Into the Maelstrom

A Descent into the Maelstrom
Harry Clarke, 1919

in progress, my next book: Into the Maelstrom: Improvised Music and the Pursuit Of Freedom . . .

to research the history and practice of musical improvisation, notably the post-1960s ‘school’ known as free improvisation; to establish the cultural and political contexts out of which free improvisation emerged in the 1960s; to locate the self-organisation of improvising musicians in the 1960s-70s within a broad spectrum of political and social activism; to analyse the backgrounds and beliefs of those innovative musicians who were among the earliest to develop a practice of group improvisation without composer, notated score, conductor or prearrangement; to map the continuing evolution of the music,  its changing practice.

About davidtoop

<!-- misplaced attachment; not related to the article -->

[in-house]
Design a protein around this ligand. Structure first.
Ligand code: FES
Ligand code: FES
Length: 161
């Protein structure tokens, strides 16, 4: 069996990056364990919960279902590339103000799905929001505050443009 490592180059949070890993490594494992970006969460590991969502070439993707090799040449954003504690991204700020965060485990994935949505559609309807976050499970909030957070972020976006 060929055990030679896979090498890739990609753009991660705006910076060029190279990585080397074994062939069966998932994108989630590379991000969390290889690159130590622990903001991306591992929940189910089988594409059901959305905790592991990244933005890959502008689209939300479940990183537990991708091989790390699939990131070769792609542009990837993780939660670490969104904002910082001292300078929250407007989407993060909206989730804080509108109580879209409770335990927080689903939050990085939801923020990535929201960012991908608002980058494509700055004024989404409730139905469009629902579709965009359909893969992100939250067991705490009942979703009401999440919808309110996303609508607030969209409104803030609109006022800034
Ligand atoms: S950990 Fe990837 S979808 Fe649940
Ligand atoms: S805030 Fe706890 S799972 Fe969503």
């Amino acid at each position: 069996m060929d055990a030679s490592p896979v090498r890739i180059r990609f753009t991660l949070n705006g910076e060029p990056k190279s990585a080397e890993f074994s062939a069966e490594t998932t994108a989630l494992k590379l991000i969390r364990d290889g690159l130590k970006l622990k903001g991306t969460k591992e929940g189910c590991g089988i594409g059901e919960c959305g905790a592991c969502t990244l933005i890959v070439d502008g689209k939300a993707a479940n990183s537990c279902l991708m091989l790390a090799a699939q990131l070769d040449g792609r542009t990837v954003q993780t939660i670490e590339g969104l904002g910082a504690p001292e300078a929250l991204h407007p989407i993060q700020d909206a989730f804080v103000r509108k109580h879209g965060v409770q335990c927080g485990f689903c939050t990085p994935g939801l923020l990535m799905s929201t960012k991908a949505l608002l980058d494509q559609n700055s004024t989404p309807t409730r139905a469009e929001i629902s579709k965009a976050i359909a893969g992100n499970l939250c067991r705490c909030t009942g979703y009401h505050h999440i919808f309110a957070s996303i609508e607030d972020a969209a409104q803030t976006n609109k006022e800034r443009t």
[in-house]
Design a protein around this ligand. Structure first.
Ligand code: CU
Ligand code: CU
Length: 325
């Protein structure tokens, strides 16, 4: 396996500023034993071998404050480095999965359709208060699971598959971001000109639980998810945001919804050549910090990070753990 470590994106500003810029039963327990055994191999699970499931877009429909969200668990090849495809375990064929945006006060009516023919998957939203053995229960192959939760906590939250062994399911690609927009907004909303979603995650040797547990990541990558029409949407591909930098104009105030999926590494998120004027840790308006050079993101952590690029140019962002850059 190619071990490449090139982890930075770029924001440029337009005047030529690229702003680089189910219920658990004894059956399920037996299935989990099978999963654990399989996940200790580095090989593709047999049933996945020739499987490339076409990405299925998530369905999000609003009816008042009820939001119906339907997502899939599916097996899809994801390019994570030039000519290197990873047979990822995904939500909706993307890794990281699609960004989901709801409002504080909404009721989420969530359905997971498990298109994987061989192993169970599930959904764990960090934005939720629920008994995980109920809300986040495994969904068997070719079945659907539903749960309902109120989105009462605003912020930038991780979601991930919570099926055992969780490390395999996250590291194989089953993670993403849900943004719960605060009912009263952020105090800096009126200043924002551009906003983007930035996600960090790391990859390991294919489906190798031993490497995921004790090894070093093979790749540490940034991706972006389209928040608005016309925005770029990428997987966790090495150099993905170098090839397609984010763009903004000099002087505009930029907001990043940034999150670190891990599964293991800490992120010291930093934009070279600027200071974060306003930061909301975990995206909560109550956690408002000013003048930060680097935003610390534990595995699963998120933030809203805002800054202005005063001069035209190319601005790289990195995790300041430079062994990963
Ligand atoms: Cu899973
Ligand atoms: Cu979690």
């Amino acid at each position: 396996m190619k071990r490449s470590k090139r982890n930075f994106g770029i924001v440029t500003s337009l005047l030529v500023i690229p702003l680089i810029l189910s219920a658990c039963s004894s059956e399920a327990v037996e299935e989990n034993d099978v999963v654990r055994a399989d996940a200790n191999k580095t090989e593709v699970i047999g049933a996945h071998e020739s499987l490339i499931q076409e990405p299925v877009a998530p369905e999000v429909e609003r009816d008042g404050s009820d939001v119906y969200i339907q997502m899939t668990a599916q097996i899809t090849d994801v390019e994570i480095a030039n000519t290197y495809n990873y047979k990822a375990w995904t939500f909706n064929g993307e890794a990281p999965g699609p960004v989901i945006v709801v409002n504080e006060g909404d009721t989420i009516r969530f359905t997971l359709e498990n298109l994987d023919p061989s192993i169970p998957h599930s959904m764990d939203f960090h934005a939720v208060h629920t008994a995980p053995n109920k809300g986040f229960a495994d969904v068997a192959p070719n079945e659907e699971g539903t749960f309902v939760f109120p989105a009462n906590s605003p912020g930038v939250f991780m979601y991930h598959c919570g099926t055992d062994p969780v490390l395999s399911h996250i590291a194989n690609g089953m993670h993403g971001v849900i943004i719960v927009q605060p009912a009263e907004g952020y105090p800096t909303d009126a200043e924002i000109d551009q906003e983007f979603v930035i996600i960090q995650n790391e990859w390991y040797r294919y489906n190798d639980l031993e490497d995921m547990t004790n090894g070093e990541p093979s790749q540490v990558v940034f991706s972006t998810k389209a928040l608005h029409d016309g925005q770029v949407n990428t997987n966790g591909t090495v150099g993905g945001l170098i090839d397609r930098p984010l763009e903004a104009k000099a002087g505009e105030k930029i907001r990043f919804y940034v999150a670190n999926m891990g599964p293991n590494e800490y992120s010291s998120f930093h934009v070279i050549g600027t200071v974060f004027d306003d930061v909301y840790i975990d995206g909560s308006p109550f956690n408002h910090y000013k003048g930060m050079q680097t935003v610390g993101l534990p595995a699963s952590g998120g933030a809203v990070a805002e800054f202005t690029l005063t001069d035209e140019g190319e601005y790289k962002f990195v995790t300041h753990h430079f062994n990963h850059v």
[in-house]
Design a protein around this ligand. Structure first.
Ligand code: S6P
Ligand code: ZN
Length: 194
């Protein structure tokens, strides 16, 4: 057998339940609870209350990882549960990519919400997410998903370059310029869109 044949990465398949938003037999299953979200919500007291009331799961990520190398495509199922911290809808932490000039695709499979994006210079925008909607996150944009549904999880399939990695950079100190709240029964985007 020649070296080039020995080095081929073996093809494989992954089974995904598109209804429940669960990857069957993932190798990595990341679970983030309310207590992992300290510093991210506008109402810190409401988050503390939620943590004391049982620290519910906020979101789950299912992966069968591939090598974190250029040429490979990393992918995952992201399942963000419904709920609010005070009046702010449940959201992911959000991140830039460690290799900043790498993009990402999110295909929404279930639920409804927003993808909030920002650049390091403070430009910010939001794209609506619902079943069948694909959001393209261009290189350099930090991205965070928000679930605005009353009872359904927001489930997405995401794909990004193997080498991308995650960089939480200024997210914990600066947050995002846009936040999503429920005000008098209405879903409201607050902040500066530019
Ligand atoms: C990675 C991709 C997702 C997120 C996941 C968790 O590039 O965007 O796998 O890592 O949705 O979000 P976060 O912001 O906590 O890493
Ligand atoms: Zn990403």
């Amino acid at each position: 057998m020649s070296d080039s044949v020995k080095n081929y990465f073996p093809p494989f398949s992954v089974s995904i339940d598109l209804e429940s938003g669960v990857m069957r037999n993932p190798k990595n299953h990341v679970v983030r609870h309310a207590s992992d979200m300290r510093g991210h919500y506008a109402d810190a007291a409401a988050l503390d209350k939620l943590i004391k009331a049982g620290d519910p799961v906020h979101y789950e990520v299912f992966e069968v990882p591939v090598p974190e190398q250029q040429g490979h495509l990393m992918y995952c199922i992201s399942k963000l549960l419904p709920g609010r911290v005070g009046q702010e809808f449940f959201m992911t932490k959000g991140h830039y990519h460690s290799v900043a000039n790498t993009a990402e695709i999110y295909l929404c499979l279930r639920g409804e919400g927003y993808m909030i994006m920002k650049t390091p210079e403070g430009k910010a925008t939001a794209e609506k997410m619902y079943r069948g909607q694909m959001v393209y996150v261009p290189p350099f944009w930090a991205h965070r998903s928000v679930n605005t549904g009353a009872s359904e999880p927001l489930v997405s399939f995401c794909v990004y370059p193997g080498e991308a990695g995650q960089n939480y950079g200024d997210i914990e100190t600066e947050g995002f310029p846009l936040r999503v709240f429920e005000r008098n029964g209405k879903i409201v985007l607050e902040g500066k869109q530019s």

Ricocheting as a 1960s teenager between blues guitarist, art school dropout, Super 8 film loops and psychedelic light shows, David Toop has been developing a practice that crosses boundaries of sound, listening, music and materials since 1970. This practice encompasses improvised music performance (using hybrid assemblages of electric guitars, aerophones, bone conduction, lo-fi archival recordings, paper, sound masking, water, autonomous and vibrant objects), writing, electronic sound, field recording, exhibition curating, sound art installations and opera (Star-shaped Biscuit, performed in 2012). It includes eight acclaimed books, including Rap Attack (1984), Ocean of Sound (1995), Sinister Resonance (2010), Into the Maelstrom (2016, a Guardian music book of the year, shortlisted for the Penderyn Music Book Prize), Flutter Echo (2019) and Inflamed Invisible (2019). Briefly a member of David Cunningham’s pop project The Flying Lizards (his guitar can be heard sampled on “Water” by The Roots), he has released fifteen solo albums, from New and Rediscovered Musical Instruments on Brian Eno’s Obscure label (1975) and Sound Body on David Sylvian’s Samadhisound label (2006) to Entities Inertias Faint Beings (2016) and Apparition Paintings (2020) on Lawrence English’s ROOM40 label. His 1978 Amazonas recordings of Yanomami shamanism and ritual - released on Sub Rosa as Lost Shadows (2016) - were called by The Wire a “tsunami of weirdness” while Entities Inertias Faint Beings was described in Pitchfork as “an album about using sound to find one’s own bearings . . . again and again, understated wisps of melody, harmony, and rhythm surface briefly and disappear just as quickly, sending out ripples that supercharge every corner of this lovely, engrossing album.” In the early 1970s he performed with sound poet Bob Cobbing, butoh dancer Mitsutaka Ishii and drummer Paul Burwell, along with key figures in improvisation, including Derek Bailey, Evan Parker, Georgie Born, Hugh Davies, John Stevens, Lol Coxhill, Frank Perry and John Zorn. In recent years he has returned to collaborative performance, working with many artists and musicians including Rie Nakajima, Akio Suzuki, Max Eastley, Tania Caroline Chen, John Butcher, Ken Ikeda, Elaine Mitchener, Henry Grimes, Sharon Gal, Camille Norment, Sidsel Endresen, Alasdair Roberts, Thurston Moore, Jennifer Allum, Miya Masaoka, Extended Organ (with Paul McCarthy and Tom Recchion), Ryuichi Sakamoto and a revived Alterations, the iconoclastic improvising quartet with Steve Beresford, Peter Cusack and Terry Day first formed in 1977. He has also made many collaborative records, including Buried Dreams and Doll Creature with Max Eastley, Breath Taking with Akio Suzuki, Skin Tones with Ken Ikeda, Garden of Shadows and Light with Ryuichi Sakamoto and co-productions (with Steve Beresford) for Frank Chickens, the 49 Americans and Ivor Cutler. Major sound art exhibitions he has curated include Sonic Boom at the Hayward Gallery, London (2000) and Playing John Cage at the Arnolfini Gallery, Bristol (2005-6). In 2008, a DVD of the Belgian film – I Never Promised You a Rose Garden: A Portrait of David Toop Through His Records Collection – was released by Sub Rosa, and in 2017 his autobiography – Flutter Echo: Living Within Sound – was published by Du Books in Japan. His most recent records are Dirty Songs Play Dirty Songs (Audika, 2017), Suttle Sculpture (Paul Burwell and David Toop live, 1977, Sub Rosa, 2018), John Cage: Electronic Music for Piano with Tania Chen, Thurston Moore and Jon Leidecker (Omnivore, 2018), Apparition Paintings (ROOM40, 2020), Field Recordings and Fox Spirits (ROOM40, 2020), Until the Night Melts Away (with Sharon Gal and John Butcher, Shrike, 2021) and Garden of Shadows and Light (with Ryuichi Sakamoto, 33-33, 2021). He is Professor Emeritus at London College of Communication.